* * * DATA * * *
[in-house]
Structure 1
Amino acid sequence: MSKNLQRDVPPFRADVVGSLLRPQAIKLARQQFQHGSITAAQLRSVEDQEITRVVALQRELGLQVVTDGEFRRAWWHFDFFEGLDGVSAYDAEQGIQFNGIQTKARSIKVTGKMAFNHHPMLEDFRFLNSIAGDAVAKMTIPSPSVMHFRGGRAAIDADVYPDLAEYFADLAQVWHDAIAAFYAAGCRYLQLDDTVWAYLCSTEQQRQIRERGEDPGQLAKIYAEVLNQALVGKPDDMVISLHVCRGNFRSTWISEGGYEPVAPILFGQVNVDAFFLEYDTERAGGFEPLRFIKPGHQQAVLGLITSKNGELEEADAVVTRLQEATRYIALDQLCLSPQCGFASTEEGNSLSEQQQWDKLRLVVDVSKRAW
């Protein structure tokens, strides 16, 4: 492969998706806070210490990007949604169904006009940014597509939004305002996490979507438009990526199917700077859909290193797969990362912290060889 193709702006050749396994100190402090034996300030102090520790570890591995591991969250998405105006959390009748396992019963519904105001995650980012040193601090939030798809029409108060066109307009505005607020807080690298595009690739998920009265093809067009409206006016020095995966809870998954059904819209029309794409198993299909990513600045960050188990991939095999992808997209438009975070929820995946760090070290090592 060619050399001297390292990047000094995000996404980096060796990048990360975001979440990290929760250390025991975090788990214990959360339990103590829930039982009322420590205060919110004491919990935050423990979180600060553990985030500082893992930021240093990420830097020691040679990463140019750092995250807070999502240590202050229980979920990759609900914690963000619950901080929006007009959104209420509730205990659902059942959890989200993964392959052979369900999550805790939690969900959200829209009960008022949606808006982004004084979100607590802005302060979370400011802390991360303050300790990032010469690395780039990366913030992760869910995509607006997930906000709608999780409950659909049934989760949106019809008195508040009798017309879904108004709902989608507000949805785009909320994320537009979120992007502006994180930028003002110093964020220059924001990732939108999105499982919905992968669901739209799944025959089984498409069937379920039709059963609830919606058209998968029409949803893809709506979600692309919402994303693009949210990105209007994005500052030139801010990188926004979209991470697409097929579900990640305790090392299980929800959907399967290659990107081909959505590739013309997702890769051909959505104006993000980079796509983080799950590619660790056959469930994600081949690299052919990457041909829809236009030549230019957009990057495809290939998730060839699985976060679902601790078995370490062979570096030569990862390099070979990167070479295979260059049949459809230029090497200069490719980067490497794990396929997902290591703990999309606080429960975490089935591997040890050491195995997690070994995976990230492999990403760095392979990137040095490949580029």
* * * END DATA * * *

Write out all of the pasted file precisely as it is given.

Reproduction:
[in-house]
Structure 1
Amino acid sequence: MSKNLQRDVPPFRADVVGSLLRPQAIKLARQQFQHGSITAAQLRSVEDQEITRVVALQRELGLQVVTDGEFRRAWWHFDFFEGLDGVSAYDAEQGIQFNGIQTKARSIKVTGKMAFNHHPMLEDFRFLNSIAGDAVAKMTIPSPSVMHFRGGRAAIDADVYPDLAEYFADLAQVWHDAIAAFYAAGCRYLQLDDTVWAYLCSTEQQRQIRERGEDPGQLAKIYAEVLNQALVGKPDDMVISLHVCRGNFRSTWISEGGYEPVAPILFGQVNVDAFFLEYDTERAGGFEPLRFIKPGHQQAVLGLITSKNGELEEADAVVTRLQEATRYIALDQLCLSPQCGFASTEEGNSLSEQQQWDKLRLVVDVSKRAW
């Protein structure tokens, strides 16, 4: 492969998706806070210490990007949604169904006009940014597509939004305002996490979507438009990526199917700077859909290193797969990362912290060889 193709702006050749396994100190402090034996300030102090520790570890591995591991969250998405105006959390009748396992019963519904105001995650980012040193601090939030798809029409108060066109307009505005607020807080690298595009690739998920009265093809067009409206006016020095995966809870998954059904819209029309794409198993299909990513600045960050188990991939095999992808997209438009975070929820995946760090070290090592 060619050399001297390292990047000094995000996404980096060796990048990360975001979440990290929760250390025991975090788990214990959360339990103590829930039982009322420590205060919110004491919990935050423990979180600060553990985030500082893992930021240093990420830097020691040679990463140019750092995250807070999502240590202050229980979920990759609900914690963000619950901080929006007009959104209420509730205990659902059942959890989200993964392959052979369900999550805790939690969900959200829209009960008022949606808006982004004084979100607590802005302060979370400011802390991360303050300790990032010469690395780039990366913030992760869910995509607006997930906000709608999780409950659909049934989760949106019809008195508040009798017309879904108004709902989608507000949805785009909320994320537009979120992007502006994180930028003002110093964020220059924001990732939108999105499982919905992968669901739209799944025959089984498409069937379920039709059963609830919606058209998968029409949803893809709506979600692309919402994303693009949210990105209007994005500052030139801010990188926004979209991470697409097929579900990640305790090392299980929800959907399967290659990107081909959505590739013309997702890769051909959505104006993000980079796509983080799950590619660790056959469930994600081949690299052919990457041909829809236009030549230019957009990057495809290939998730060839699985976060679902601790078995370490062979570096030569990862390099070979990167070479295979260059049949459809230029090497200069490719980067490497794990396929997902290591703990999309606080429960975490089935591997040890050491195995997690070994995976990230492999990403760095392979990137040095490949580029």